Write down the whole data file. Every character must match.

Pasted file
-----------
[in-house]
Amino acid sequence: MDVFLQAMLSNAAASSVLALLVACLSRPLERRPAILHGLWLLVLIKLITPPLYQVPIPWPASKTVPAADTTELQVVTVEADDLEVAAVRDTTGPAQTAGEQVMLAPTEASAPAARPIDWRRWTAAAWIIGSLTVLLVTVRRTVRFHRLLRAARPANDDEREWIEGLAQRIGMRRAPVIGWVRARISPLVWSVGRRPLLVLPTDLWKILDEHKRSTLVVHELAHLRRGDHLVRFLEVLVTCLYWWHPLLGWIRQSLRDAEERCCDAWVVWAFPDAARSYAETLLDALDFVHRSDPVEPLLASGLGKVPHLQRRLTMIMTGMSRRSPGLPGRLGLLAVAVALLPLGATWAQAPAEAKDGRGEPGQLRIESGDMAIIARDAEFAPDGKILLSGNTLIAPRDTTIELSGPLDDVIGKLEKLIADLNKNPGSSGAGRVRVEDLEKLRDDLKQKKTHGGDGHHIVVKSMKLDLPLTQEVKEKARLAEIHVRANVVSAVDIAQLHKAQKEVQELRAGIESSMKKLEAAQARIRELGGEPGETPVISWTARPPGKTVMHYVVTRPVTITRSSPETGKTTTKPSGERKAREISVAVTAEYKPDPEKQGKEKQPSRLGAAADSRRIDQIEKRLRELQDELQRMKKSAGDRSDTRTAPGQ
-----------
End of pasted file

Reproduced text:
[in-house]
Amino acid sequence: MDVFLQAMLSNAAASSVLALLVACLSRPLERRPAILHGLWLLVLIKLITPPLYQVPIPWPASKTVPAADTTELQVVTVEADDLEVAAVRDTTGPAQTAGEQVMLAPTEASAPAARPIDWRRWTAAAWIIGSLTVLLVTVRRTVRFHRLLRAARPANDDEREWIEGLAQRIGMRRAPVIGWVRARISPLVWSVGRRPLLVLPTDLWKILDEHKRSTLVVHELAHLRRGDHLVRFLEVLVTCLYWWHPLLGWIRQSLRDAEERCCDAWVVWAFPDAARSYAETLLDALDFVHRSDPVEPLLASGLGKVPHLQRRLTMIMTGMSRRSPGLPGRLGLLAVAVALLPLGATWAQAPAEAKDGRGEPGQLRIESGDMAIIARDAEFAPDGKILLSGNTLIAPRDTTIELSGPLDDVIGKLEKLIADLNKNPGSSGAGRVRVEDLEKLRDDLKQKKTHGGDGHHIVVKSMKLDLPLTQEVKEKARLAEIHVRANVVSAVDIAQLHKAQKEVQELRAGIESSMKKLEAAQARIRELGGEPGETPVISWTARPPGKTVMHYVVTRPVTITRSSPETGKTTTKPSGERKAREISVAVTAEYKPDPEKQGKEKQPSRLGAAADSRRIDQIEKRLRELQDELQRMKKSAGDRSDTRTAPGQ